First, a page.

In association with the British Chambers of Commerce (BCC), the survey of over 210 of the region’s business bosses and education leaders found that 82% of business respondents, and 73% of respondents from schools, colleges and universities believe secondary schools should offer work experience for pupils aged under 16.
Work experience is not offered universally across the UK and in England, in particular, it has been deprioritised.* However, the survey found that 79% of employers think work experience is the most important activity to equip young people with workplace skills, followed by paid part-time work (65%) and volunteering (55%).
While the majority of businesses offer some form of work experience, a third of businesses (34%) offer no work experience of any kind. Micro and small businesses, in particular, need greater support to offer work experience.
Further findings from the survey:
Businesses should prioritise delivery of work experience.
- 52% of firms identified work experience as the top priority activity for businesses to offer young people, over part-time paid work (17%), business mentoring (11%), enterprise activities (9%), volunteering (7%), and other (4%).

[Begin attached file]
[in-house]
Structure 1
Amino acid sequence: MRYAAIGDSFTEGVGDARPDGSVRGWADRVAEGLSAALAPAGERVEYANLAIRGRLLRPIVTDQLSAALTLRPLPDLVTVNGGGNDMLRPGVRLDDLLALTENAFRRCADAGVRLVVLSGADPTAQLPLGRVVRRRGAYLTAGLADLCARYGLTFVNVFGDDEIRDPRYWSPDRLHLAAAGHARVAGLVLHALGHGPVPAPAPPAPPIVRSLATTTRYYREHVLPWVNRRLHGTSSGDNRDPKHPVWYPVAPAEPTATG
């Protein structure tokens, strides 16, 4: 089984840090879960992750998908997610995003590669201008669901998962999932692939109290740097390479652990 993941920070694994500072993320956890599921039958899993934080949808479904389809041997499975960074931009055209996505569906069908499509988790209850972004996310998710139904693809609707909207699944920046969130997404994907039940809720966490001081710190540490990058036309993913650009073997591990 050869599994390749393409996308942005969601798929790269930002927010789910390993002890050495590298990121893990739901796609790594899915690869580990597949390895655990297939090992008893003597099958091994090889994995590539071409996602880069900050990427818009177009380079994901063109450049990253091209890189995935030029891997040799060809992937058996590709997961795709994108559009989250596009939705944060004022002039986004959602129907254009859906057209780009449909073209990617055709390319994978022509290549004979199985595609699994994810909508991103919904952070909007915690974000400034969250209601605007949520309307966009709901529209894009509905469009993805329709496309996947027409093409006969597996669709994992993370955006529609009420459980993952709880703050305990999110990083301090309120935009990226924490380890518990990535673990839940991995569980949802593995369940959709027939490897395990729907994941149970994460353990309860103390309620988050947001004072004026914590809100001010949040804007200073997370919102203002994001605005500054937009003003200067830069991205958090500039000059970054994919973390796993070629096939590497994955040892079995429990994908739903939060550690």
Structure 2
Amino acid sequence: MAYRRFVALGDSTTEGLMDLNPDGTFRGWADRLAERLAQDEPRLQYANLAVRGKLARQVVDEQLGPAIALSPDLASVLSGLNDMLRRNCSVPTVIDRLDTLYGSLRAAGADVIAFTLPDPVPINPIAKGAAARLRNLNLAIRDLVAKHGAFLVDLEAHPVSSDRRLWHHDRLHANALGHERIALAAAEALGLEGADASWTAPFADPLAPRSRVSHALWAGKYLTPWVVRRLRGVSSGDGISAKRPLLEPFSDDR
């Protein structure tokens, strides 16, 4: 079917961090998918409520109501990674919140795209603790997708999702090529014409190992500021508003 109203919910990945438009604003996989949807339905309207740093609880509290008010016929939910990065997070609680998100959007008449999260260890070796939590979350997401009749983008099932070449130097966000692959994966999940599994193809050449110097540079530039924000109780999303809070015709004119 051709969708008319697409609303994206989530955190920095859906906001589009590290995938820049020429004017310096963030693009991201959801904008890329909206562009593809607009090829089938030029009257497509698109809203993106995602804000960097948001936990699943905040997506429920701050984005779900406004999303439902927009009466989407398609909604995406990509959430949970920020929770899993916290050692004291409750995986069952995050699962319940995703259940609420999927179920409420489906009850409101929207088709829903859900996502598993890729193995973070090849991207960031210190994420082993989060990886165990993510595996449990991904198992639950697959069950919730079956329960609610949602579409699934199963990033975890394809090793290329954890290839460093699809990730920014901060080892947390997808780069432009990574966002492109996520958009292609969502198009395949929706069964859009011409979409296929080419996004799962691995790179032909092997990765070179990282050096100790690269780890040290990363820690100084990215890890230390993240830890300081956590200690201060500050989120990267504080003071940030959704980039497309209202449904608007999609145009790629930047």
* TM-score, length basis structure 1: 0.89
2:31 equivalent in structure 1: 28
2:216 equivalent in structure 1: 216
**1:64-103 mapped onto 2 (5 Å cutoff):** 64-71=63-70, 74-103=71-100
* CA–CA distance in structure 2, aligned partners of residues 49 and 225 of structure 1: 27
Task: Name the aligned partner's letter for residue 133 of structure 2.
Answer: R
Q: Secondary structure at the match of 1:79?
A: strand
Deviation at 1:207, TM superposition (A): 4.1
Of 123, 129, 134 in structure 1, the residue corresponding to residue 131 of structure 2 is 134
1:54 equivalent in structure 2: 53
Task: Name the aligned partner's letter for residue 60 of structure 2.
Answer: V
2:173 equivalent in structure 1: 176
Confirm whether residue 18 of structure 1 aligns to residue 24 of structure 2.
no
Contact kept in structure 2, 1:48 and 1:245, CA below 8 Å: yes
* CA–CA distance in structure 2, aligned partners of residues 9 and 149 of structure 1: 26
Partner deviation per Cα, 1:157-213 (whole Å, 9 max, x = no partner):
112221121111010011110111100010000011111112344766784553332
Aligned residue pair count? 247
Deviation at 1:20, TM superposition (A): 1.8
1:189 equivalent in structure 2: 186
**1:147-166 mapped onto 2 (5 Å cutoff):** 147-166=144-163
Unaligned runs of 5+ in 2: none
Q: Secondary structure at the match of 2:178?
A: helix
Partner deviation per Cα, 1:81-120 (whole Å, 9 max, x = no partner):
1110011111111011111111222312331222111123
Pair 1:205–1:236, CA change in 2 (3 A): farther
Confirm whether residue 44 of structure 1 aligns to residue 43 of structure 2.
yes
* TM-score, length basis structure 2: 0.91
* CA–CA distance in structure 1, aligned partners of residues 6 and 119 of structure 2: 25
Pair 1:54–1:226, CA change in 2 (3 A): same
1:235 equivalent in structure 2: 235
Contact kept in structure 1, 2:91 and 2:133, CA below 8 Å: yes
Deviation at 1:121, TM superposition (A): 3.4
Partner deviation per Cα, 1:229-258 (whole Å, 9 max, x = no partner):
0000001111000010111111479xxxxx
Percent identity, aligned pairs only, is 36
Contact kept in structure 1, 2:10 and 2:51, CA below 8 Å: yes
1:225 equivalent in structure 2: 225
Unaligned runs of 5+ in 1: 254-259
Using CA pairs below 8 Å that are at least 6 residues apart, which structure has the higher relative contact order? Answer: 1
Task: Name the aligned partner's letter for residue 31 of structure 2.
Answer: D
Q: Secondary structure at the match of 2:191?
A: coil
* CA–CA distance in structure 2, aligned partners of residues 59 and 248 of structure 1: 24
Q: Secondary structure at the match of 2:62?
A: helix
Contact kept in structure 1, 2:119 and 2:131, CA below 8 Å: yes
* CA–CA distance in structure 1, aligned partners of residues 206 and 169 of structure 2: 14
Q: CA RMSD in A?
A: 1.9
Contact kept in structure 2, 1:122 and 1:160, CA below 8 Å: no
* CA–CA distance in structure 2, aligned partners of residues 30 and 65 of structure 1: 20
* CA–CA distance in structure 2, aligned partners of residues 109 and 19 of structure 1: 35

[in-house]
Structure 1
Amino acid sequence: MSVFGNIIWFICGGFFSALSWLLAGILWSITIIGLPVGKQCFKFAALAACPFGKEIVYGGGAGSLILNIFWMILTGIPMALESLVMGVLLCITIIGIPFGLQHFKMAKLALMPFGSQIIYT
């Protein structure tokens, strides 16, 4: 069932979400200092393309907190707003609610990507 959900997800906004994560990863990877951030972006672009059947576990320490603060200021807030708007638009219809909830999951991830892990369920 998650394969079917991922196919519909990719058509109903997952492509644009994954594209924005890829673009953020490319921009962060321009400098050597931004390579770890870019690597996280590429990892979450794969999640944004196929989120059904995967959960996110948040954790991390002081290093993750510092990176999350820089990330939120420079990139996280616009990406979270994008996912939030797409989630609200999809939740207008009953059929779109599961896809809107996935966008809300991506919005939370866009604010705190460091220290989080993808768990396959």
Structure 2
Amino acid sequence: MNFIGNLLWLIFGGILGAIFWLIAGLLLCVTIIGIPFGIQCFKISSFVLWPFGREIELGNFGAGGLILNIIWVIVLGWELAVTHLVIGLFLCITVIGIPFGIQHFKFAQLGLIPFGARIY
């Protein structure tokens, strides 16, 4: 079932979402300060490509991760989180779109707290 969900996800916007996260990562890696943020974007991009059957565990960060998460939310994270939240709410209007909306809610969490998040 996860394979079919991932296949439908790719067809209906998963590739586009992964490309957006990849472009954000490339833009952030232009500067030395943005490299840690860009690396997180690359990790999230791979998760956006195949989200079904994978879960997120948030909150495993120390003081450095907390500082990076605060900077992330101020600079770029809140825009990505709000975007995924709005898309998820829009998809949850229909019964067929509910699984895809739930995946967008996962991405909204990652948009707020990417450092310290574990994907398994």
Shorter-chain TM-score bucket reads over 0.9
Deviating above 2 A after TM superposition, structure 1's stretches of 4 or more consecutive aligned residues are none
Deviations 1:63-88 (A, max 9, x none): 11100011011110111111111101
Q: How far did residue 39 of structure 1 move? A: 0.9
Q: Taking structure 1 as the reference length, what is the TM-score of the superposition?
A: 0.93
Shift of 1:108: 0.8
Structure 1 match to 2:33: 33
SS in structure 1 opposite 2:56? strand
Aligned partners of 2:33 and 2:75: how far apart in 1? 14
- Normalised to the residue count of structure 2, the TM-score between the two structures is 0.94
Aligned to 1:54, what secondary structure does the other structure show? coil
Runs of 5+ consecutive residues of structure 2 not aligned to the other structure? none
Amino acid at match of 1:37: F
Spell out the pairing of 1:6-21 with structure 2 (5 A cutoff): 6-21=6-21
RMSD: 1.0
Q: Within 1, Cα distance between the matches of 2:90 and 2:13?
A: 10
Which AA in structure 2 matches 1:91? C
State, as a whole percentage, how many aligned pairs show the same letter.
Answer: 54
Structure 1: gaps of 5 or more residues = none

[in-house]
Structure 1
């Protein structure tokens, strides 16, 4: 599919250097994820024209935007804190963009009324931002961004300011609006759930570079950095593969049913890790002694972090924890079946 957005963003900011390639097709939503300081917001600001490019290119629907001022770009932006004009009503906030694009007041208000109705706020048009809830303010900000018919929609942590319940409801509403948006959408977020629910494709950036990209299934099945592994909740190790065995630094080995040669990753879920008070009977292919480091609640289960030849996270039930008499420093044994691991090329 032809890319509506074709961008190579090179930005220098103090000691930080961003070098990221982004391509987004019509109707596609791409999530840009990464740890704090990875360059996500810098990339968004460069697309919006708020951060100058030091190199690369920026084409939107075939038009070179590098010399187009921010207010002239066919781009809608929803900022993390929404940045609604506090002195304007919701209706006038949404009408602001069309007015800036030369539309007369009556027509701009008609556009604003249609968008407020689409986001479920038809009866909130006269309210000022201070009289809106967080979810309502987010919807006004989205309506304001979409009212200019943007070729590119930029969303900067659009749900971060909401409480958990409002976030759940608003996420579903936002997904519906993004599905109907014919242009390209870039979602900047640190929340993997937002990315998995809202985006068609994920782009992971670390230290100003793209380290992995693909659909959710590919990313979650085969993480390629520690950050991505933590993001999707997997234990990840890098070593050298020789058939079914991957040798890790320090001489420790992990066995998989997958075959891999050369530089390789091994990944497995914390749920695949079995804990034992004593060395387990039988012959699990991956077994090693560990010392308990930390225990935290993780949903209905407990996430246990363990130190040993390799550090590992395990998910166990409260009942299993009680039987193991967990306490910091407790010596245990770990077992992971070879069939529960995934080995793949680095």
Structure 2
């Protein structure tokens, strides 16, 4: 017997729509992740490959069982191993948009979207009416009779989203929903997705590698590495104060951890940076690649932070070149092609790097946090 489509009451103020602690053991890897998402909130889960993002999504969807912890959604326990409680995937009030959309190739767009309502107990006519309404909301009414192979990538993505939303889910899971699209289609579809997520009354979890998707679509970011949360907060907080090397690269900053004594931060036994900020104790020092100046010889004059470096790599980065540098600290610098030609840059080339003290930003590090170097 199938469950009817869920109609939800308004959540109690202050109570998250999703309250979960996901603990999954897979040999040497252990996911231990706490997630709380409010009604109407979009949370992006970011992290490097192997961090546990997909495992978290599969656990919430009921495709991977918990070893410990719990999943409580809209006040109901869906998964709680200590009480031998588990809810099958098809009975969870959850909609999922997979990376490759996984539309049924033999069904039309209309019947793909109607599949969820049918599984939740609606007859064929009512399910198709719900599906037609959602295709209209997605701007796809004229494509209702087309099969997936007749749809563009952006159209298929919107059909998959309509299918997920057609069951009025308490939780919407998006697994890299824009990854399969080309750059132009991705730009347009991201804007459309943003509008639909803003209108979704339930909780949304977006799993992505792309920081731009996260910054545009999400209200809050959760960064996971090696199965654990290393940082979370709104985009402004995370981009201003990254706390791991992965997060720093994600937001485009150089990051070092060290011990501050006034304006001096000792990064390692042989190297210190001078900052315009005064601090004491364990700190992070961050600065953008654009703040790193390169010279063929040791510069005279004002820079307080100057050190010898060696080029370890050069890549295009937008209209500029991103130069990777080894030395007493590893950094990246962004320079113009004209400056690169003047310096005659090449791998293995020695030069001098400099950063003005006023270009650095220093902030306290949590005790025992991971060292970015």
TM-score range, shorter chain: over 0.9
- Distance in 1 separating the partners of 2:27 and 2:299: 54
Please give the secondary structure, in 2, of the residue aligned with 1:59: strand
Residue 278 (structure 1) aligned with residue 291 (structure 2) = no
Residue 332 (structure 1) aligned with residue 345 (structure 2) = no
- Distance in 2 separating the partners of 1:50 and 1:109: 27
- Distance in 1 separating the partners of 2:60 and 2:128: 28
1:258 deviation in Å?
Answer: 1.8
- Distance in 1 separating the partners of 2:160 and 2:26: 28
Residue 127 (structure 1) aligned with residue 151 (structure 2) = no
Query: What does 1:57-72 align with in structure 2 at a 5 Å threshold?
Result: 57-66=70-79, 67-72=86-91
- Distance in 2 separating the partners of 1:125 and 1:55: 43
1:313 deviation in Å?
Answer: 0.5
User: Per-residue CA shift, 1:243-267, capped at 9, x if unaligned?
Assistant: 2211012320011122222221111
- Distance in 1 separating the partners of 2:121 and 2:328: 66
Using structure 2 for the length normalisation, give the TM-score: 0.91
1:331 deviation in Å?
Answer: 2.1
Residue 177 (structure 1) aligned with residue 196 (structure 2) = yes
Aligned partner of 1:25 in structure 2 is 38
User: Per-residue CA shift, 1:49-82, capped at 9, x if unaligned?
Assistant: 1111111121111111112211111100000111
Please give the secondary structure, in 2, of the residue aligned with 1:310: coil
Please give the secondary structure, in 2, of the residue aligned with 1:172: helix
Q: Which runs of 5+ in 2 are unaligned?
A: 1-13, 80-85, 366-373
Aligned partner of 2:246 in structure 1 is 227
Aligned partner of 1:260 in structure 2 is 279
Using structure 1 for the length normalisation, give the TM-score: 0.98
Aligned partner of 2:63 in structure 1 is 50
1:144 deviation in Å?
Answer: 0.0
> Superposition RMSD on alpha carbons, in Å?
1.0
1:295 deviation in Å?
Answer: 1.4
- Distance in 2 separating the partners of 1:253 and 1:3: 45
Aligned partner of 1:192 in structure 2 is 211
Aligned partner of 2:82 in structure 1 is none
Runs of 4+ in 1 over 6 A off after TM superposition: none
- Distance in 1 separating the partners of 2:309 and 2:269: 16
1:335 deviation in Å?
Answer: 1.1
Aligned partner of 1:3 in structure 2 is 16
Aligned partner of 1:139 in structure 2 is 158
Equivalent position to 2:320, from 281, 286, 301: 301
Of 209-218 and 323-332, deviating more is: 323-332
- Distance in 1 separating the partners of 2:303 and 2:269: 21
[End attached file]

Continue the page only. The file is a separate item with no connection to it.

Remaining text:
- 57% of educational establishments think work experience is the top priority for business to support, with 43% selecting the mentoring of pupils/students by members of the business community.
There’s no single ideal work experience model – businesses that offer work experience value a variety of models.
- 41% of firms offer one to two week term-time work experience placements, 31% offer work placements during school holidays, 25% offer flexible work placements and 19% arrange visits to their businesses for groups of pupils.
Two-thirds of businesses offer work experience of some form. Those that don’t say they need more support and encouragement to offer work experience.
- 34% of businesses offer no work experience of any kind.
- Firms that don’t currently offer work experience would be encouraged to do so by having more information about what is required (48%), someone to facilitate the relationship with the school (31%) and clarity on the benefits to their business (22%).
Commenting, NECC policy advisor Paul Carbert, said:
“Links between education and business are essential to ensure we are producing young people who are ready to fill roles within the North East labour market and are comfortable in the working environment.
“Business and school leaders are clear: we won’t bridge the gap between the world of education and the world of work unless young people spend time in workplaces while still at school.
“Work experience is crucial to bringing down a high youth unemployment rate. It will help ensure more young people are prepared for work and help close the skills gaps reported by frustrated businesses who face huge difficulty filling vacancies at every level.
“A great deal of progress has been made in recent years, but we must continue to work hard if we are to make significant in-roads into addressing regional youth unemployment and potential skills shortages in key sectors in our region.”